“Make things as simple as possible, but not simpler.” – attributed
to Albert Einstein.
When revising, it can be worth spending a half hour with the word “As” at the start of sentences. I search through my own work, tossing “As”es into hedges, for it is the slug in gardens of good storytelling, when it involves simultaneous actions.
For example, “As I walked down the hallway, I looked about me.” This sentence structure, with two things happening at once, makes readers stumble slightly.
More Time Travel Words
Other time travel words to search and remove as frequently as possible (remembering Einstein’s quote, at the top of this page):
After, before, later, then, and next.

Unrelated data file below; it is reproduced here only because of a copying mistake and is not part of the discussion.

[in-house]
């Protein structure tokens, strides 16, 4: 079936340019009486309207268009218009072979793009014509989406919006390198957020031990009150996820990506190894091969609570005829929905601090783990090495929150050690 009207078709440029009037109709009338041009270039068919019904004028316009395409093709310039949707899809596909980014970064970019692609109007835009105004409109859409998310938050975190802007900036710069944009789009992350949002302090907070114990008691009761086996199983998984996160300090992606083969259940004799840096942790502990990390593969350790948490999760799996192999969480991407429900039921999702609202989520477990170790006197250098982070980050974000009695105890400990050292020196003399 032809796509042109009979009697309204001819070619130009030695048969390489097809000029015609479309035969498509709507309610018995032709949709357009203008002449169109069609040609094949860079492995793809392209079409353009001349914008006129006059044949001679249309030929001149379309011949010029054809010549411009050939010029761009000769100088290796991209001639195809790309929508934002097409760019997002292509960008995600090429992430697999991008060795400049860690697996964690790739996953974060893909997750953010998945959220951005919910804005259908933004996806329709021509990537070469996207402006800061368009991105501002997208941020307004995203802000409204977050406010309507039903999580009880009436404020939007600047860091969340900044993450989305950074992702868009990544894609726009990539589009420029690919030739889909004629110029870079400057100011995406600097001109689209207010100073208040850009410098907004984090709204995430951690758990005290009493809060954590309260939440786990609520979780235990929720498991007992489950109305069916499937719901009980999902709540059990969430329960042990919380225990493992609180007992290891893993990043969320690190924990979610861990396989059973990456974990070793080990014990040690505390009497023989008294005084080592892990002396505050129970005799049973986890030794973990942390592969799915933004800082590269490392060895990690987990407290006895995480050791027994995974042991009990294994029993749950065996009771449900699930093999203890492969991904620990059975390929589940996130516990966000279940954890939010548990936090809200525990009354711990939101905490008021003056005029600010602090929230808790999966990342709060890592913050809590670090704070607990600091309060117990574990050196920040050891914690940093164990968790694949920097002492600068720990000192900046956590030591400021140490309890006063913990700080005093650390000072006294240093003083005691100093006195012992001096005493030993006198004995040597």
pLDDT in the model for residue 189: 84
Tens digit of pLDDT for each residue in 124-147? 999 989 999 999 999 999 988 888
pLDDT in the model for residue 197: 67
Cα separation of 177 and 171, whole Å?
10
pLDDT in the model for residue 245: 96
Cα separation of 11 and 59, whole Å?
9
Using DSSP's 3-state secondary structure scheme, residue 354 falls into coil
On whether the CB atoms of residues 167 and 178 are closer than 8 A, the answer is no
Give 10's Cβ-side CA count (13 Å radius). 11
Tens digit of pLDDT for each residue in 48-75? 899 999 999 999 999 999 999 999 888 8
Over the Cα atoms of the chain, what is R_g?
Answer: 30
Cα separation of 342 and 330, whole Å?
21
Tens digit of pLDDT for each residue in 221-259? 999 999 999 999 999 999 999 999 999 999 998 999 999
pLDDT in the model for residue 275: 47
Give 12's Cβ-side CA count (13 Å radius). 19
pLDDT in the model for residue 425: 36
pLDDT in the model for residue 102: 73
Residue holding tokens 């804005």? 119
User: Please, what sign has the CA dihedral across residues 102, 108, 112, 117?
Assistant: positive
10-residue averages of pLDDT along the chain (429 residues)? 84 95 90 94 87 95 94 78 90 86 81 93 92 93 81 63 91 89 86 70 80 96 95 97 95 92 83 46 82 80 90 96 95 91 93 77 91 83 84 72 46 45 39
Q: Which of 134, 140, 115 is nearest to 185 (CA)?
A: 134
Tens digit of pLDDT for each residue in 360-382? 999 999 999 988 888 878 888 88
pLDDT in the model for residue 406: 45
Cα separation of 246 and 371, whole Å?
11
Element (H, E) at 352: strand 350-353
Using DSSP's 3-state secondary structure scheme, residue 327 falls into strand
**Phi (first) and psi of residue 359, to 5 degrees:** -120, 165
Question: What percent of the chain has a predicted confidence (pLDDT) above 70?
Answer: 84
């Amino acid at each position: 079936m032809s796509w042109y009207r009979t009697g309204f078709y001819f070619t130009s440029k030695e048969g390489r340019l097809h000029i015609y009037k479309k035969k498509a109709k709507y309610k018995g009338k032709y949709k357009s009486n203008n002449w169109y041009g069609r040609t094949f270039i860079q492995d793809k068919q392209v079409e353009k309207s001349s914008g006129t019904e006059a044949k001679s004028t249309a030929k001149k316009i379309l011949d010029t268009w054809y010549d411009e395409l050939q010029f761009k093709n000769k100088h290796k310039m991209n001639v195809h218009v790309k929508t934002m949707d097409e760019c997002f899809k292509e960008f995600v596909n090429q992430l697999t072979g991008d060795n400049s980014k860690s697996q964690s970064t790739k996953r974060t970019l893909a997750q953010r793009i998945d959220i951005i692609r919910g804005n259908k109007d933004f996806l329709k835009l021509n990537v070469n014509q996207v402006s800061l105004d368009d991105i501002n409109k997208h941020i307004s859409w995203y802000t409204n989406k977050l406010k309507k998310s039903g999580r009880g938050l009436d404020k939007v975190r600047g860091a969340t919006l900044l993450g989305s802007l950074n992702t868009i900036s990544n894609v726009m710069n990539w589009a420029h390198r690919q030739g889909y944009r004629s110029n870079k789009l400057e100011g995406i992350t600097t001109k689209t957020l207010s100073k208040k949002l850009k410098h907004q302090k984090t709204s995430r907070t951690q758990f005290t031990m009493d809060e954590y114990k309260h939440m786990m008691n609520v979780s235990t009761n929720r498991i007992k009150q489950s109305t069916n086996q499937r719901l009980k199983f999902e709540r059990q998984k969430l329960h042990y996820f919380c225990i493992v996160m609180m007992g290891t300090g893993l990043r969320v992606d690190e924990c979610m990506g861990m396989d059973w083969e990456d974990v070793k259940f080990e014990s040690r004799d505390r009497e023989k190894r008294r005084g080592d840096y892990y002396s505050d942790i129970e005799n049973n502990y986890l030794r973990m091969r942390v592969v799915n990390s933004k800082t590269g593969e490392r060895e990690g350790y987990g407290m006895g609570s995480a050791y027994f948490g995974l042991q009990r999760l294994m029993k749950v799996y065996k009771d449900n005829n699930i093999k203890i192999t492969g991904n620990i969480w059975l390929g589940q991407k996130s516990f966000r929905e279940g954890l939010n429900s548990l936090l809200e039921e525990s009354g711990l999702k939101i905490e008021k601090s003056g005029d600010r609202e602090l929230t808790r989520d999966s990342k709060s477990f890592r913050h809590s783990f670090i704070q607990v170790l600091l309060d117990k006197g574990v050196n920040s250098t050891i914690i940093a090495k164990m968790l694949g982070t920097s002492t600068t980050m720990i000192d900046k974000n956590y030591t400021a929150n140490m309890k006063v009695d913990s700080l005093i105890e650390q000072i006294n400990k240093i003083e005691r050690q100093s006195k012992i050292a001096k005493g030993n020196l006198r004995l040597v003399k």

And for a professional glow…
…remove as many of these as possible :
Personal Style Sheet
Like best-dressed movie stars, we writers are wise to have a personal style sheet to hand.. Along with reminders re italicizing and capitalization, I keep a list of words I tend to overuse. It’s a bit embarrassing, like showing you the cupboard under my kitchen sink. But, if it’s useful, here is an evolving list:
- Too many em dashes
- Saw that
- Looked at
- Of course
- Later that….
- The next
- That same
- Thought hard
- After, especially look at the order of events
I hope you’ll have another brilliant writing week. Cheers Mel
If you’re a fan of Mel Anastasiou’s writing tips, you might enjoy her pocket-sized writing guide The Writer’s Boon Companion: Thirty Days Towards an Extraordinary Volume. Motivates, organizes, encourages, inspires you through 30 days of hints and help with narrative structure.
From Pulp Literature Press